C h a z z W r i t e s . c o m

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Proofing a manuscript

My local newspaper fired its copy editors as a cost-saving measure. Now typos and grammatical errors abound. It’s a detail that particularly bothers older readers and fired copy editors. It’s happened in publishing as well. Fewer bodies mean fewer lines of defence against the dark arts errors in manuscripts.

When I was a proofreader for a publisher, the manuscripts had already gone through the author-editor-copy editor-first proofreader stages. I’d put the books together on computer and probably find up to thirty-five errors on average. The last proofer might find two to eight formatting errors or problems that I missed if it was an especially long book. By the end of all that, the text would be pretty clean. (I’m not counting the errors readers think are errors but aren’t. Usually this rears up when people misunderstand the differences between affect, effect, comprise and American vs. English english.)

If you catch a lot of problems in a published book, that may mean the book is self-published and an editor didn’t look at it at all. It may also indicate the publisher cut back on the expense of multiple lines of defence (proofers and editors.) Another possibility is that the manuscript was packed with errors to begin with and lots of errors were caught, but the sheer number of typos overwhelmed the worker drones.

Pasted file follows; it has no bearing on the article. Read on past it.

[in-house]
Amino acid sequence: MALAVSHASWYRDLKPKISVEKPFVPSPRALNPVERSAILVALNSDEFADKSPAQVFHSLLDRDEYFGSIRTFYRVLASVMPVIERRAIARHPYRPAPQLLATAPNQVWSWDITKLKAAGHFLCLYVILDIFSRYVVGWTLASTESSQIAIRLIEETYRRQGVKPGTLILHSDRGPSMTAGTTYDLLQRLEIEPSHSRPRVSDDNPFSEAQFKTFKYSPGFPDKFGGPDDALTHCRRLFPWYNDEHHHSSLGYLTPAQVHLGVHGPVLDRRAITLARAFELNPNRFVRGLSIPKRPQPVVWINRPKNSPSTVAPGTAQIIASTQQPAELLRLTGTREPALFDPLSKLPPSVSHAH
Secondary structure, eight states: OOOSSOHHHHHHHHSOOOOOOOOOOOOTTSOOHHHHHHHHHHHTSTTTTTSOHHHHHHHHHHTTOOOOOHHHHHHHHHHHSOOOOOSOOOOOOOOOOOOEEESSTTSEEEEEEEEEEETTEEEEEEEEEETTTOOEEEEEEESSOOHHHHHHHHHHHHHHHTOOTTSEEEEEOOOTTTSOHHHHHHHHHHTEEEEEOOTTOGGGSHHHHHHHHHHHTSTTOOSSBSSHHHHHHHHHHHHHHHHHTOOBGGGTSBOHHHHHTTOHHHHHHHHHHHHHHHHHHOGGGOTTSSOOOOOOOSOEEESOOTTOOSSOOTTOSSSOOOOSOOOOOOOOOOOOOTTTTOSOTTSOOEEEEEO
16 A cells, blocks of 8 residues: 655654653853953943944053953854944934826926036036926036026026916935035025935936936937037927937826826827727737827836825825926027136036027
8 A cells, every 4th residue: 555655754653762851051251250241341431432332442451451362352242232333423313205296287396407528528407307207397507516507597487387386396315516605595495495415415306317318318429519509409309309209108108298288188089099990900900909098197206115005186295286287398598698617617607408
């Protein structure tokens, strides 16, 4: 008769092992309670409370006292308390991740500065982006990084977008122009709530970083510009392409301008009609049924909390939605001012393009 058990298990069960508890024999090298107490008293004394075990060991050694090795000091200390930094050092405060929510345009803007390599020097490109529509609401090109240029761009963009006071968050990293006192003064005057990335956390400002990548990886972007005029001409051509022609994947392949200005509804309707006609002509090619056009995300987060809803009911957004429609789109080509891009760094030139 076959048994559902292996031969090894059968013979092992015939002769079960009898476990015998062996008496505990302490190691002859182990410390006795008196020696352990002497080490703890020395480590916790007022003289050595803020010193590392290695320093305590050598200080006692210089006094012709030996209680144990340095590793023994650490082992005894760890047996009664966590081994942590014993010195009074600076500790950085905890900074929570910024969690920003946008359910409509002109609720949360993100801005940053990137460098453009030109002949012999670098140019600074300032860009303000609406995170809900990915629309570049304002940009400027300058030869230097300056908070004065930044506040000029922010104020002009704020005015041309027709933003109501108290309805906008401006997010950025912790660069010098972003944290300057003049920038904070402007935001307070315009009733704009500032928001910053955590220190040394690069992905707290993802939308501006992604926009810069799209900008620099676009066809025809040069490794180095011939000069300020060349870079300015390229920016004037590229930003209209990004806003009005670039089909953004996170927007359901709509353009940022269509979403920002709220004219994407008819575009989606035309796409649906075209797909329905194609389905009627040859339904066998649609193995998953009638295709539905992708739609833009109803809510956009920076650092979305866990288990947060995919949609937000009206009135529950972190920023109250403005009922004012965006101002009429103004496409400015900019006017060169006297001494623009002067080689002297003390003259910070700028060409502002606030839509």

When next you notice a short guy has turned into a tall guy or someone’s eye color has changed or you see a flock of geese instead of a gaggle, you’ll know why. I’ve just finished reading a Writer’s Digest book and noticed ten or so errors. I don’t get too self-righteous about it, but I’d be lying if I said it didn’t irk me, especially when you think of all those people who are now out of work. With the idiosyncrasies of text messaging, the new generation of readership are much more tolerant of textual errors than their parents and grandparents.

Curmudeonly grammarians are a pain, but too many errors are distracting and can detract from reader’s confidence in the work.

Filed under: Books, publishing, , ,

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